"The most terrifying creature on Earth: Utahraptor, a giant, super-sized raptor."

Utahraptor (yoo-tar-rap-tore; meaning "Thief of Utah", or "Utah-thief") is a genus of theropod dinosaurs and is the oldest and largest known member of the theropod dinosaur family Dromaeosauridae (raptor), and dates from the Early Cretaceous period (130-100). Utahraptor is known from a well-preserved skeleton found in 1991 in Utah, USA and fragmentary remains from South America.



Utahraptor lived during the Early Cretaceous period from 130-100 million years ago.


As the largest member of the Dromaeosaur family, Utahraptor stood 6 feet tall, the height of a modern human, measured 24 feet long, almost 4 times as long as it is tall, and weighed in at over 1500 lbs., bigger than a bear. It was the biggest member of its family found, much bigger than its later kin, such as Dromaeosaurus, Deinonychus, and even the more famous Velociraptor. This size was great enough to enable these monstrous raptors the potential to attack, at best, even small Sauropods.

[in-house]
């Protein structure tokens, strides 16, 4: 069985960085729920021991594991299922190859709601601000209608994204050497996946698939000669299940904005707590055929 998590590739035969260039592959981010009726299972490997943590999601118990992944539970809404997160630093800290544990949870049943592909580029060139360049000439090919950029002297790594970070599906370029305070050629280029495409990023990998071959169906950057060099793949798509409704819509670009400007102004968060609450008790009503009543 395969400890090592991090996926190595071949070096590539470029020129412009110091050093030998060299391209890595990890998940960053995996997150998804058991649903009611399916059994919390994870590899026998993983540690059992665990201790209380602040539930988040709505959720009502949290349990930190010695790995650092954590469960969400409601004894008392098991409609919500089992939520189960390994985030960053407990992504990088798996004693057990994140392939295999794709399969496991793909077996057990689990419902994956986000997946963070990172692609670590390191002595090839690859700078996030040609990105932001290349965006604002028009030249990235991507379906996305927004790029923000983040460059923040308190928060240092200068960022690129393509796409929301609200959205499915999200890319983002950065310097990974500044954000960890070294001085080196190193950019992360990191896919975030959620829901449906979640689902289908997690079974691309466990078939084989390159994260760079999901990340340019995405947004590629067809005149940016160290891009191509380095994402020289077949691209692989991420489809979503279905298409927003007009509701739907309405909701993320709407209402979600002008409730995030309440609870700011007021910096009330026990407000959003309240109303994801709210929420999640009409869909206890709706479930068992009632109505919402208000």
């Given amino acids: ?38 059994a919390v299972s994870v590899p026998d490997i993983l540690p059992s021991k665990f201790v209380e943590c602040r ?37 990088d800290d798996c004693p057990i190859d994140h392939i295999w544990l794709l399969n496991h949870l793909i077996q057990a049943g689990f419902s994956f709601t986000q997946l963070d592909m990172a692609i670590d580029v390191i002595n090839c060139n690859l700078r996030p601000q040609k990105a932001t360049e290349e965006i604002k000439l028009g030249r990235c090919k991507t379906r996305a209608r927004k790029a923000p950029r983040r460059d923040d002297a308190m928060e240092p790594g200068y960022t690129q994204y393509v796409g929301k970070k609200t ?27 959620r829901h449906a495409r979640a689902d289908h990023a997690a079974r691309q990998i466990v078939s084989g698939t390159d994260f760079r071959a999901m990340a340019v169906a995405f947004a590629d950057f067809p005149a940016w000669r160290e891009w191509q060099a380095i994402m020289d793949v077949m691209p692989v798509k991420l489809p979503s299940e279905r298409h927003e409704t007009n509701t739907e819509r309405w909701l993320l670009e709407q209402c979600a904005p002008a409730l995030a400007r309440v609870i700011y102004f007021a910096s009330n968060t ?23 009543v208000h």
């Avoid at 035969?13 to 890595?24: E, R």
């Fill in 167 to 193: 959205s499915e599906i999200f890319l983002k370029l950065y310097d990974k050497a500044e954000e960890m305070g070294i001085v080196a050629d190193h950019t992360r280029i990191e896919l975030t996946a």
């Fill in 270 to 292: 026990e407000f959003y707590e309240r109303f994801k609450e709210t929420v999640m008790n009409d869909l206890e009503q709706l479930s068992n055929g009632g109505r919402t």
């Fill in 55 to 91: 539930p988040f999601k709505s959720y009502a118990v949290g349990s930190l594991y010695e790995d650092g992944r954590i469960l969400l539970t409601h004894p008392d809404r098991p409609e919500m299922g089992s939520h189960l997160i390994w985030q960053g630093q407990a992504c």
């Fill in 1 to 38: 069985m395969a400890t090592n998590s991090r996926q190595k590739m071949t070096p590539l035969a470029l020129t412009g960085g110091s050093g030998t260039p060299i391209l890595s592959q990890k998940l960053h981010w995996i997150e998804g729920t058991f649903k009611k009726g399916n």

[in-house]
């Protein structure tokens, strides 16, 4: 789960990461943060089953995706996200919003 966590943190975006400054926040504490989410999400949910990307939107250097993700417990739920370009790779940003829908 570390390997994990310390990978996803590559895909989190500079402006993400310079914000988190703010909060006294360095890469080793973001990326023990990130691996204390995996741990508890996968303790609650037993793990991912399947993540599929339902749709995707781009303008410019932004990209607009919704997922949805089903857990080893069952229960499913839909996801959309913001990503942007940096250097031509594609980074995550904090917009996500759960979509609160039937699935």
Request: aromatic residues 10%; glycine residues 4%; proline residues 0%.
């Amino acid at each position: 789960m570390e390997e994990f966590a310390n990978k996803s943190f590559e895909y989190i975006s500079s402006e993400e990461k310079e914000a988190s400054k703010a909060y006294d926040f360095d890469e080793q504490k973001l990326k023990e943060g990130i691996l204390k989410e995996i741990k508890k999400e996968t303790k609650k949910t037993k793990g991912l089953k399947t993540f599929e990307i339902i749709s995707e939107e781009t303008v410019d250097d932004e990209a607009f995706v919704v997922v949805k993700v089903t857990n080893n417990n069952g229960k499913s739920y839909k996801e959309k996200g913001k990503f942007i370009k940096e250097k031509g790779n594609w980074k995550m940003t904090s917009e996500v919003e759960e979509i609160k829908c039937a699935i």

However, just like the later raptor species, one of the most unique aspects that Utahraptor shares with its more famous cousin Velociraptor is that both had a lethal killing claw on each foot. Utahraptor was armed with sickle-like claws on its hind legs and it had self-replenishing teeth in its jaws (and also  on its wings.). Thus, these killers were well armed.

Each inside toe had a large (about 9-15 inches) hooked claw that was controlled by a strong tendon. This claw was held upward when the animal was walking or running. When it attacked, however, the tendon snapped tight and the claw clamped down with great speed and force, slicing deeply into its victim. Not a very pretty picture, but an effective way to inflict a serious wound. Its hand claws were proportionally larger than other family members and Dr. Kirkland speculates that its hand claws were probably as important a weapon as the killing claws on its feet.


Like all members of the dromaeosaur family, Utahraptor hunted in packs of at least three.


Hence the name, Utahraptor fossils have been found in Utah. Fossil specimens date to the upper Barremian stage of the early Cretaceous period.